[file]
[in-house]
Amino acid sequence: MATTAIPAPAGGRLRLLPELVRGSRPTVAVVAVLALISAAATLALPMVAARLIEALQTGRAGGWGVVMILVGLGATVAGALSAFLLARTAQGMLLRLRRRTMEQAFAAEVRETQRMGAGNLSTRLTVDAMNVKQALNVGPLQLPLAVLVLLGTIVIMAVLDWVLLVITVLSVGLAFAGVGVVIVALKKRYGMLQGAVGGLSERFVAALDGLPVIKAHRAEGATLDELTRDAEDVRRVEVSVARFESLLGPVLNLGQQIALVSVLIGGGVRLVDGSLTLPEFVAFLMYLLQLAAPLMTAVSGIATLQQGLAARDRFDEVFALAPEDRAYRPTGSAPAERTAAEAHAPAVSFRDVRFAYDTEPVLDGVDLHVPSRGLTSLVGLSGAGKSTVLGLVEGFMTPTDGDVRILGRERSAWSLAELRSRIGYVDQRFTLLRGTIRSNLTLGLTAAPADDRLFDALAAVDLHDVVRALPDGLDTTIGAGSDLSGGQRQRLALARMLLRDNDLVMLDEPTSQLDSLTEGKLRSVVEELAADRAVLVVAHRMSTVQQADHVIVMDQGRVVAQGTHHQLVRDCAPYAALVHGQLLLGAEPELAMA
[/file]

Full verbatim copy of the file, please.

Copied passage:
[in-house]
Amino acid sequence: MATTAIPAPAGGRLRLLPELVRGSRPTVAVVAVLALISAAATLALPMVAARLIEALQTGRAGGWGVVMILVGLGATVAGALSAFLLARTAQGMLLRLRRRTMEQAFAAEVRETQRMGAGNLSTRLTVDAMNVKQALNVGPLQLPLAVLVLLGTIVIMAVLDWVLLVITVLSVGLAFAGVGVVIVALKKRYGMLQGAVGGLSERFVAALDGLPVIKAHRAEGATLDELTRDAEDVRRVEVSVARFESLLGPVLNLGQQIALVSVLIGGGVRLVDGSLTLPEFVAFLMYLLQLAAPLMTAVSGIATLQQGLAARDRFDEVFALAPEDRAYRPTGSAPAERTAAEAHAPAVSFRDVRFAYDTEPVLDGVDLHVPSRGLTSLVGLSGAGKSTVLGLVEGFMTPTDGDVRILGRERSAWSLAELRSRIGYVDQRFTLLRGTIRSNLTLGLTAAPADDRLFDALAAVDLHDVVRALPDGLDTTIGAGSDLSGGQRQRLALARMLLRDNDLVMLDEPTSQLDSLTEGKLRSVVEELAADRAVLVVAHRMSTVQQADHVIVMDQGRVVAQGTHHQLVRDCAPYAALVHGQLLLGAEPELAMA